contented, which in the former it cannot do. writ unto your Lordship is rather thoughts For man doth not seem to rest satisfied, than words, being set down without all art, either with fruition of that wherewith his disguising, or reservation. Wherein I have

life is preserved, or with performance of done honor both to your Lordship’s wisdom, such actions as advance him most deservedly in judging that that will be best believed of

in estimation; but doth further covet, yea your Lordship which is truest, and to your oftentimes manifestly pursue with great Lordship's good nature, in retaining noth

sedulity and earnestness, that which cannot ing from you. And even so I wish your stand him in any stead for vital use; that Lordship all happiness, and to myself means which exceedeth the reach of sense; yea and occasions to be added to my faithful somewhat above capacity of reason, somedesire to do you service. From my lodgings what divine and heavenly, which with hidat Gray's Inn.

den exultation it rather surmiseth than conA MORE DIVINE PERFECTION

ceiveth; somewhat seeketh, and what that

is directly it knoweth not, yet very intentive RICHARD HOOKER

desire thereof doth so incite it, that all other [From Ecclesiastical Polity, Book 1, ch. xi.] known delights and pleasures are laid aside, Now if men had not naturally this de

they give place to the search of this but only sire to be happy, how were it possible that

suspected desire. If the soul of man did all men should have it? All men have.

serve only to give him being in this life, Therefore this desire in man is natural. It

then things appertaining unto this life would is not in our power not to do the same; how

content him, as we see they do other creashould it then be in our power to do it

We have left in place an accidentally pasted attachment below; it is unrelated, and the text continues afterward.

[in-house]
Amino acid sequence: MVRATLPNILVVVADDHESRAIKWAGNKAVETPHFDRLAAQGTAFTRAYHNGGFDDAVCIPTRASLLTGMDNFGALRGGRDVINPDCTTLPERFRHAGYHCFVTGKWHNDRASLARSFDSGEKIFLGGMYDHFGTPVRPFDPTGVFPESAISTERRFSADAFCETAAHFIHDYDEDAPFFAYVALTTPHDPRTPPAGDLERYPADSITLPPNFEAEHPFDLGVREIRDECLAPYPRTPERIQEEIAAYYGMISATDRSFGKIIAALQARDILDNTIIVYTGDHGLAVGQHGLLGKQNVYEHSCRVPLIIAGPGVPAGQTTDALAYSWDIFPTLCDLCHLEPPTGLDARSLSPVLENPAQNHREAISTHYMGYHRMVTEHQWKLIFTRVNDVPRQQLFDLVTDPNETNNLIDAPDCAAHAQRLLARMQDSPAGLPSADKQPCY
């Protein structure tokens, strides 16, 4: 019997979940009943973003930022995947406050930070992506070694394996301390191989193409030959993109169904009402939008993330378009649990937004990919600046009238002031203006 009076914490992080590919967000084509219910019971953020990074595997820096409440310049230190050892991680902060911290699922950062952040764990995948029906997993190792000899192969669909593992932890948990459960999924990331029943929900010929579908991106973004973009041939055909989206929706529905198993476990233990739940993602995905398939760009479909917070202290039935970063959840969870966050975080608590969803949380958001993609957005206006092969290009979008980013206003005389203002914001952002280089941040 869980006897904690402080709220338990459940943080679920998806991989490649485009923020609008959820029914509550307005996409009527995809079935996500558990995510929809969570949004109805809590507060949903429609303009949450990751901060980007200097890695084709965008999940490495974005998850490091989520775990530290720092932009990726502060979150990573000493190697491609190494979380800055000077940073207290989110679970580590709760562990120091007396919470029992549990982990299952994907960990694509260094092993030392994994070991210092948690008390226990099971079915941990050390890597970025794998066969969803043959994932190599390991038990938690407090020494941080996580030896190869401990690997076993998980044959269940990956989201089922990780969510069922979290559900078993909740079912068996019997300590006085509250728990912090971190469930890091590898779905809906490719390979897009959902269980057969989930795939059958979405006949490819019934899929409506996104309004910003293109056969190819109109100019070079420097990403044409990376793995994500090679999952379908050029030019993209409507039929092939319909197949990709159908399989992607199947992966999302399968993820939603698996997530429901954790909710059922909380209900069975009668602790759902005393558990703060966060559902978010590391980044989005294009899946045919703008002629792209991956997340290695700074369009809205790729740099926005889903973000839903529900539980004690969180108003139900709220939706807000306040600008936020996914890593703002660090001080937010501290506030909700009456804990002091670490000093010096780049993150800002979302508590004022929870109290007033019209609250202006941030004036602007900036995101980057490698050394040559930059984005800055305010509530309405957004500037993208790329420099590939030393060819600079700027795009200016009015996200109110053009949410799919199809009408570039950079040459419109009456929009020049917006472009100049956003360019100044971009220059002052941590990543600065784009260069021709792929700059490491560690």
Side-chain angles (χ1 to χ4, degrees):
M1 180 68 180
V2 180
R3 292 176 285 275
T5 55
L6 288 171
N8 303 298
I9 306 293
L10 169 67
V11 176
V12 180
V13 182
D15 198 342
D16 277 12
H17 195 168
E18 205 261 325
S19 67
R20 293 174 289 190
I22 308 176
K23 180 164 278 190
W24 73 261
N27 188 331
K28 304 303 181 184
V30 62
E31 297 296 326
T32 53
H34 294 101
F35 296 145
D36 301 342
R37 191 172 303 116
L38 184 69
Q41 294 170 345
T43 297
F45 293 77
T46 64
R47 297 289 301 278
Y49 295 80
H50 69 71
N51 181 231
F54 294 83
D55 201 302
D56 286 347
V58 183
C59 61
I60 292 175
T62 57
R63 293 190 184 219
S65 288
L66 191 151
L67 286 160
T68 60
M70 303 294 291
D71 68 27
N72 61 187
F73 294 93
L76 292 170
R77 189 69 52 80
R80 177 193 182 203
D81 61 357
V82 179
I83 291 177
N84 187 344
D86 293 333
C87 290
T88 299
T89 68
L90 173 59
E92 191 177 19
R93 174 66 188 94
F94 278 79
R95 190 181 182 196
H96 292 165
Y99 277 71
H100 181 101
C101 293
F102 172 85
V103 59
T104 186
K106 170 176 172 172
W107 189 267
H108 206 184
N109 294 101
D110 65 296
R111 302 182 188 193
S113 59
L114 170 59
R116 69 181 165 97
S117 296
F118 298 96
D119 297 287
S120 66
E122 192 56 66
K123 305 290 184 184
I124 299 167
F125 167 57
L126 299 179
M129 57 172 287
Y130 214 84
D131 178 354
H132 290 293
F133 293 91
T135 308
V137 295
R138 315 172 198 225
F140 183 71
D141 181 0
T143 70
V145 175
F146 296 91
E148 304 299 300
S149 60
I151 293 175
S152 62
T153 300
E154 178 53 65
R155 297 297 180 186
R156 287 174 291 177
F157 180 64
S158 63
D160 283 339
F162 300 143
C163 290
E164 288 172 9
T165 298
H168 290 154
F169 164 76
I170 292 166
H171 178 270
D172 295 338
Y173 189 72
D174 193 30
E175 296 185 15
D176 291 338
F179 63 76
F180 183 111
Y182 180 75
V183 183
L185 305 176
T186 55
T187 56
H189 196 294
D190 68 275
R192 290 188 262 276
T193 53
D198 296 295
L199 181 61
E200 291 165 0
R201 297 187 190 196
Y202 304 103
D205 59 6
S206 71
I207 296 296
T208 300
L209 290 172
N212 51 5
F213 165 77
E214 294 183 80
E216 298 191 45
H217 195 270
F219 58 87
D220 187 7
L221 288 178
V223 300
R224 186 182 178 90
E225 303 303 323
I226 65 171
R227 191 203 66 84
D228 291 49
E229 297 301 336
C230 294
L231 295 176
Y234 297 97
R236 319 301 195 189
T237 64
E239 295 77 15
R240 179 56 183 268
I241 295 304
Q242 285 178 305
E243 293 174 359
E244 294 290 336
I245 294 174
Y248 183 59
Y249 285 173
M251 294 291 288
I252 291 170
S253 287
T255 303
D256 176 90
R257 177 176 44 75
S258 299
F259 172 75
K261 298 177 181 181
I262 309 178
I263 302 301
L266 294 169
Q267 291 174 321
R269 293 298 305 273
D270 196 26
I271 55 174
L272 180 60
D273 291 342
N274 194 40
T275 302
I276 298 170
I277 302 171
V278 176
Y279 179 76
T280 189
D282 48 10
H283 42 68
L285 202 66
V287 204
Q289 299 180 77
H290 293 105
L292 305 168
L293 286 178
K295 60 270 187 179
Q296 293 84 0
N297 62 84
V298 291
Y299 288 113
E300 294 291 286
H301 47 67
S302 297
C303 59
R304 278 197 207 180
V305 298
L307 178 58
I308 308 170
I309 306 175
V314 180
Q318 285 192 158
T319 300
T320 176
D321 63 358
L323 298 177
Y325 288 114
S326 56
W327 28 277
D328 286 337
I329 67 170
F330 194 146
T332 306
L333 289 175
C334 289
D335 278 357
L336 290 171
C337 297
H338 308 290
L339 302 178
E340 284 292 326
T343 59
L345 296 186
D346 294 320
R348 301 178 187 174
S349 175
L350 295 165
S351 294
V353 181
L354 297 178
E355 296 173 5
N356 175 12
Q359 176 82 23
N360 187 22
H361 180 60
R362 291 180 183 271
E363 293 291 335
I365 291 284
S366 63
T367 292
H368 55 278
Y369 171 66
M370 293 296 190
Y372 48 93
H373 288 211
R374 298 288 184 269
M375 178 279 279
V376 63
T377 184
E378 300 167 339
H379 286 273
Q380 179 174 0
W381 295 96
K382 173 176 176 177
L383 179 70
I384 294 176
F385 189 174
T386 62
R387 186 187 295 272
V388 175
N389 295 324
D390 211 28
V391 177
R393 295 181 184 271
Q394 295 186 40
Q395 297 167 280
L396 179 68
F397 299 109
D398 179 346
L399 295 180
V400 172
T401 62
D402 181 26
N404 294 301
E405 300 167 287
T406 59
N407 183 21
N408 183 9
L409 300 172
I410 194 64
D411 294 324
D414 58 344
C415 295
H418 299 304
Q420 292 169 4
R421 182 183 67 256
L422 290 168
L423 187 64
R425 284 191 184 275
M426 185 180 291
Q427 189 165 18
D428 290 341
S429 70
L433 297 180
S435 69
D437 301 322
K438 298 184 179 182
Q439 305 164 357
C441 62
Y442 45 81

tures; which creatures enjoying what they coldly or remissly? So that our desire being live by seek no further, but in this contentanatural is also in that degree of earnestness

tion do show a kind of acknowledgment that whereunto nothing can be added. And is it there is no higher good which doth any way probable that God should frame the hearts belong unto them. With us it is otherwise.


For although the beauties, riches, honors, sciences, virtues, and perfections of all men living, were in the present possession of one; yet somewhat beyond and above all this there would still be sought and earnestly thirsted for. So that Nature even in this life doth plainly claim and call for a more divine perfection than either of these iwo that have been mentioned.



His yron cote, all overgrowne with rust, Was underneath enveloped with gold; Whose glistring glosse, darkned with filthy

dust, Well yet appeared to have beene of old A worke of rich entayle and curious mould, Woven with antickes and wyld ymagery; And in his lap a masse of coyne he told, And turned upside downe, to feede his eye And covetous desire with his huge threasury.

5 And round about him lay on every side Great heapes of gold that never could be

spent; Of which some were rude owre, not purifide Of Mulcibers devouring element; Some others were new driven, and distent Into great Ingowes and to wedges square; Some in round plates withouten moniment; But most were stampt, and in their metal

bare The antique shapes of kings and kesars

straunge and rare.


[The Faerie Queene, Book II, Canto VII]

1 As Pilot well expert in perilous wave, That to a stedfast starre his course hath

bent, When foggy mistes or cloudy tempests have The faithfull light of that faire lampe

yblent, And cover'd heaven with hideous dreriment, ['pon his card and compas firmes his eye, The maysters of his long experiment, And to them does the steddy helme apply, Bidding his winged vessell fairely forward fly;

2 So Guyon having lost his trustie guyde, Late left beyond that Ydle lake, proceedes Yet on his way, of none accompanyde; And evermore himselfe with comfort feedes Of his own vertues and praise-worthie dedes. So, long he yode, yet no adventure found, Which fame of her shrill trompet worthy

reedes; For still he traveild through wide wastefull

ground, That nought but desert wildernesse shewed all around.

3 At last he came unto a gloomy glade, Cover'd with boughes and shrubs from heav

ens light, Whereas he sitting found in secret shade An uncouth, salvage, and uncivile wight, Of griesly hew and fowle ill favour'd sight; His face with smoke was tand, and eies were

bleard, His head and beard with sout were ill

bedight, His cole-blacke hands did seem to have been

seard In smythes fire-spitting forge, and nayles

like clawes appeard.

Soone as he Guyon saw, in great affright
And haste he rose for to remove aside